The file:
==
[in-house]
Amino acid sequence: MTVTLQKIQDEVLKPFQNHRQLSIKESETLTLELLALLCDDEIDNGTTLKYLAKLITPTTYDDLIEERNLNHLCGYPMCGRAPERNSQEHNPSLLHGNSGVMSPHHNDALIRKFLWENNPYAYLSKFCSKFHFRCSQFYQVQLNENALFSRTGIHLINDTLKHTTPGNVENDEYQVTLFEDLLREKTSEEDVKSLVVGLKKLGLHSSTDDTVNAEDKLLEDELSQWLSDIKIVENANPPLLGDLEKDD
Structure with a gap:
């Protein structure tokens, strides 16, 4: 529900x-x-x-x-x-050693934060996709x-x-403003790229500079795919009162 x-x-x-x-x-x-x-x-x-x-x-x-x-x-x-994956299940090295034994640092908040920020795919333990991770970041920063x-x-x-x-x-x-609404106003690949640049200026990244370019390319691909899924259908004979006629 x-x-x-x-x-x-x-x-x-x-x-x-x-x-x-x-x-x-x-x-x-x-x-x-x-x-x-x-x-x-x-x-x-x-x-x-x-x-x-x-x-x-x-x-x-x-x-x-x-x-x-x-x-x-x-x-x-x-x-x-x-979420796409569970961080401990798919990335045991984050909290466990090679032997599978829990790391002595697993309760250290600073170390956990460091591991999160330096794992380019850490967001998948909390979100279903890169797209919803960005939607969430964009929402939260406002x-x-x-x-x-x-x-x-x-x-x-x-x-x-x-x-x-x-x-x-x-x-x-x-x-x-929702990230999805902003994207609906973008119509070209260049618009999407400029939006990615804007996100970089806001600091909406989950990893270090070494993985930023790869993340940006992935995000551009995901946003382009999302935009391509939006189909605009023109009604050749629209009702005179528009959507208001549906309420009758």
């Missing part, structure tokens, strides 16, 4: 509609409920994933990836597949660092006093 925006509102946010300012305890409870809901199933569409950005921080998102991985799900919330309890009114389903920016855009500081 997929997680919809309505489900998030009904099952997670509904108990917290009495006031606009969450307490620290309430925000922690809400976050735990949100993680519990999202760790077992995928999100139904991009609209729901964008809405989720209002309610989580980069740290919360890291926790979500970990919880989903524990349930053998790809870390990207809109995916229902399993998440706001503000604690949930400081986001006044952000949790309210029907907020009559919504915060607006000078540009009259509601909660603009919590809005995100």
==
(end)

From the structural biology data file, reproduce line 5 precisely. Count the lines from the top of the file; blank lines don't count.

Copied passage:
């Missing part, structure tokens, strides 16, 4: 509609409920994933990836597949660092006093 925006509102946010300012305890409870809901199933569409950005921080998102991985799900919330309890009114389903920016855009500081 997929997680919809309505489900998030009904099952997670509904108990917290009495006031606009969450307490620290309430925000922690809400976050735990949100993680519990999202760790077992995928999100139904991009609209729901964008809405989720209002309610989580980069740290919360890291926790979500970990919880989903524990349930053998790809870390990207809109995916229902399993998440706001503000604690949930400081986001006044952000949790309210029907907020009559919504915060607006000078540009009259509601909660603009919590809005995100």